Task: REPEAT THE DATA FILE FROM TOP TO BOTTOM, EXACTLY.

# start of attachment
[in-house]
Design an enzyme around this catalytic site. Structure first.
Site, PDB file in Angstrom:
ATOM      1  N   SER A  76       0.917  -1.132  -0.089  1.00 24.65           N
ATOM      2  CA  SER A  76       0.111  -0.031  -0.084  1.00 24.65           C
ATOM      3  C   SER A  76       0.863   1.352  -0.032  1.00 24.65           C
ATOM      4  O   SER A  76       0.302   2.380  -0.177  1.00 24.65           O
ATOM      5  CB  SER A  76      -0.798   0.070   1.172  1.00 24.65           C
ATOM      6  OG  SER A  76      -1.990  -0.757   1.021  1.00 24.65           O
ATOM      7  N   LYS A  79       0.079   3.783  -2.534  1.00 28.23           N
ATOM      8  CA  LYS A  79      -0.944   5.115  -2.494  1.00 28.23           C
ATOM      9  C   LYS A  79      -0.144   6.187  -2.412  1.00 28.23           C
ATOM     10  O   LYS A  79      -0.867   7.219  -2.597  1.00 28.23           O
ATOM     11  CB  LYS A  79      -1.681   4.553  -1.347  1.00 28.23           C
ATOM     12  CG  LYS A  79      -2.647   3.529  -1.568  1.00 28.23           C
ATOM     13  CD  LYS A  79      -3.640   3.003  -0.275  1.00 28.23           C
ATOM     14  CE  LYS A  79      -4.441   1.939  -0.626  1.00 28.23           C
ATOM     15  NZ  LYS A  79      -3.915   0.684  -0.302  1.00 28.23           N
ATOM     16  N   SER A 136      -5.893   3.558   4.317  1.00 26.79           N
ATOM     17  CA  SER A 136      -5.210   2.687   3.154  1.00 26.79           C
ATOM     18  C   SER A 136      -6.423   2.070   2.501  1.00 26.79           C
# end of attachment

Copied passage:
[in-house]
Design an enzyme around this catalytic site. Structure first.
Site, PDB file in Angstrom:
ATOM      1  N   SER A  76       0.917  -1.132  -0.089  1.00 24.65           N
ATOM      2  CA  SER A  76       0.111  -0.031  -0.084  1.00 24.65           C
ATOM      3  C   SER A  76       0.863   1.352  -0.032  1.00 24.65           C
ATOM      4  O   SER A  76       0.302   2.380  -0.177  1.00 24.65           O
ATOM      5  CB  SER A  76      -0.798   0.070   1.172  1.00 24.65           C
ATOM      6  OG  SER A  76      -1.990  -0.757   1.021  1.00 24.65           O
ATOM      7  N   LYS A  79       0.079   3.783  -2.534  1.00 28.23           N
ATOM      8  CA  LYS A  79      -0.944   5.115  -2.494  1.00 28.23           C
ATOM      9  C   LYS A  79      -0.144   6.187  -2.412  1.00 28.23           C
ATOM     10  O   LYS A  79      -0.867   7.219  -2.597  1.00 28.23           O
ATOM     11  CB  LYS A  79      -1.681   4.553  -1.347  1.00 28.23           C
ATOM     12  CG  LYS A  79      -2.647   3.529  -1.568  1.00 28.23           C
ATOM     13  CD  LYS A  79      -3.640   3.003  -0.275  1.00 28.23           C
ATOM     14  CE  LYS A  79      -4.441   1.939  -0.626  1.00 28.23           C
ATOM     15  NZ  LYS A  79      -3.915   0.684  -0.302  1.00 28.23           N
ATOM     16  N   SER A 136      -5.893   3.558   4.317  1.00 26.79           N
ATOM     17  CA  SER A 136      -5.210   2.687   3.154  1.00 26.79           C
ATOM     18  C   SER A 136      -6.423   2.070   2.501  1.00 26.79           C